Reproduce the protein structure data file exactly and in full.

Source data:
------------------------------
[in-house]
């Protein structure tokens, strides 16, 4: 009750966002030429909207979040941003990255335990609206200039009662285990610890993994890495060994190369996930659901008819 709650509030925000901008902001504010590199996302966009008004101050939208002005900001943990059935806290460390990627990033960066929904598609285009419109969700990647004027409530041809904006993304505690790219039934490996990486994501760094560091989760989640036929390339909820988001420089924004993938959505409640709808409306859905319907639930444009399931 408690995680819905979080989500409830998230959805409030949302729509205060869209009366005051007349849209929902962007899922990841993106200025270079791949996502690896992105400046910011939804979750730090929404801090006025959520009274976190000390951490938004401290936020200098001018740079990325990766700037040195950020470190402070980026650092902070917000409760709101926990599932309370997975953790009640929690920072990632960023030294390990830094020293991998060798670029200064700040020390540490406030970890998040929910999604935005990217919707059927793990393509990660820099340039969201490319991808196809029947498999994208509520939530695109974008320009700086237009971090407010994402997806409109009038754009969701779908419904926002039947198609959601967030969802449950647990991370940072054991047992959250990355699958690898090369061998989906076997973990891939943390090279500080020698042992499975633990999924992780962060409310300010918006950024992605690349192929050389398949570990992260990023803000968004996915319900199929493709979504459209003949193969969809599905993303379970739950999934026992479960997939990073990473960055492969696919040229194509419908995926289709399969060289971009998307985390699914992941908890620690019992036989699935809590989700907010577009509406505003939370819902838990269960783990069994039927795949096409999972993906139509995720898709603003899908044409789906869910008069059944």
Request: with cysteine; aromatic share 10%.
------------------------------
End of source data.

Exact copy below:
[in-house]
């Protein structure tokens, strides 16, 4: 009750966002030429909207979040941003990255335990609206200039009662285990610890993994890495060994190369996930659901008819 709650509030925000901008902001504010590199996302966009008004101050939208002005900001943990059935806290460390990627990033960066929904598609285009419109969700990647004027409530041809904006993304505690790219039934490996990486994501760094560091989760989640036929390339909820988001420089924004993938959505409640709808409306859905319907639930444009399931 408690995680819905979080989500409830998230959805409030949302729509205060869209009366005051007349849209929902962007899922990841993106200025270079791949996502690896992105400046910011939804979750730090929404801090006025959520009274976190000390951490938004401290936020200098001018740079990325990766700037040195950020470190402070980026650092902070917000409760709101926990599932309370997975953790009640929690920072990632960023030294390990830094020293991998060798670029200064700040020390540490406030970890998040929910999604935005990217919707059927793990393509990660820099340039969201490319991808196809029947498999994208509520939530695109974008320009700086237009971090407010994402997806409109009038754009969701779908419904926002039947198609959601967030969802449950647990991370940072054991047992959250990355699958690898090369061998989906076997973990891939943390090279500080020698042992499975633990999924992780962060409310300010918006950024992605690349192929050389398949570990992260990023803000968004996915319900199929493709979504459209003949193969969809599905993303379970739950999934026992479960997939990073990473960055492969696919040229194509419908995926289709399969060289971009998307985390699914992941908890620690019992036989699935809590989700907010577009509406505003939370819902838990269960783990069994039927795949096409999972993906139509995720898709603003899908044409789906869910008069059944």
Request: with cysteine; aromatic share 10%.